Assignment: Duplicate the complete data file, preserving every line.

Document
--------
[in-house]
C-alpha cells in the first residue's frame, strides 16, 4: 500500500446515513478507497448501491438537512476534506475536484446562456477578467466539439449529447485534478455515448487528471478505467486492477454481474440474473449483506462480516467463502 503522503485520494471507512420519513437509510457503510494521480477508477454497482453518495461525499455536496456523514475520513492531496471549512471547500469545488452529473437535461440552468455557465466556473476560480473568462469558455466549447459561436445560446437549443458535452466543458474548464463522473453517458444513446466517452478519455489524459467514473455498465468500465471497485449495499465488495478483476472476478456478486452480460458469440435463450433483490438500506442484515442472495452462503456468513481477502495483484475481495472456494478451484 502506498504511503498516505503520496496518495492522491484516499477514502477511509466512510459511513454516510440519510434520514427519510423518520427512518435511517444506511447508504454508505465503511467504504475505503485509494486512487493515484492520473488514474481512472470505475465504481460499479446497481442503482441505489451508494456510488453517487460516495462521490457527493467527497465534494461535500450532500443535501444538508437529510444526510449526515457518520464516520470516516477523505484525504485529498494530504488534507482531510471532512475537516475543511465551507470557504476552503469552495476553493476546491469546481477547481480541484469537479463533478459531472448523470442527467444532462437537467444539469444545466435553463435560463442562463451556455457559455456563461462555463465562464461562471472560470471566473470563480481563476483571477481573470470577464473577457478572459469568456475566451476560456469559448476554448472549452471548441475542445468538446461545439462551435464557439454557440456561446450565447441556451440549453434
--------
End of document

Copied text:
[in-house]
C-alpha cells in the first residue's frame, strides 16, 4: 500500500446515513478507497448501491438537512476534506475536484446562456477578467466539439449529447485534478455515448487528471478505467486492477454481474440474473449483506462480516467463502 503522503485520494471507512420519513437509510457503510494521480477508477454497482453518495461525499455536496456523514475520513492531496471549512471547500469545488452529473437535461440552468455557465466556473476560480473568462469558455466549447459561436445560446437549443458535452466543458474548464463522473453517458444513446466517452478519455489524459467514473455498465468500465471497485449495499465488495478483476472476478456478486452480460458469440435463450433483490438500506442484515442472495452462503456468513481477502495483484475481495472456494478451484 502506498504511503498516505503520496496518495492522491484516499477514502477511509466512510459511513454516510440519510434520514427519510423518520427512518435511517444506511447508504454508505465503511467504504475505503485509494486512487493515484492520473488514474481512472470505475465504481460499479446497481442503482441505489451508494456510488453517487460516495462521490457527493467527497465534494461535500450532500443535501444538508437529510444526510449526515457518520464516520470516516477523505484525504485529498494530504488534507482531510471532512475537516475543511465551507470557504476552503469552495476553493476546491469546481477547481480541484469537479463533478459531472448523470442527467444532462437537467444539469444545466435553463435560463442562463451556455457559455456563461462555463465562464461562471472560470471566473470563480481563476483571477481573470470577464473577457478572459469568456475566451476560456469559448476554448472549452471548441475542445468538446461545439462551435464557439454557440456561446450565447441556451440549453434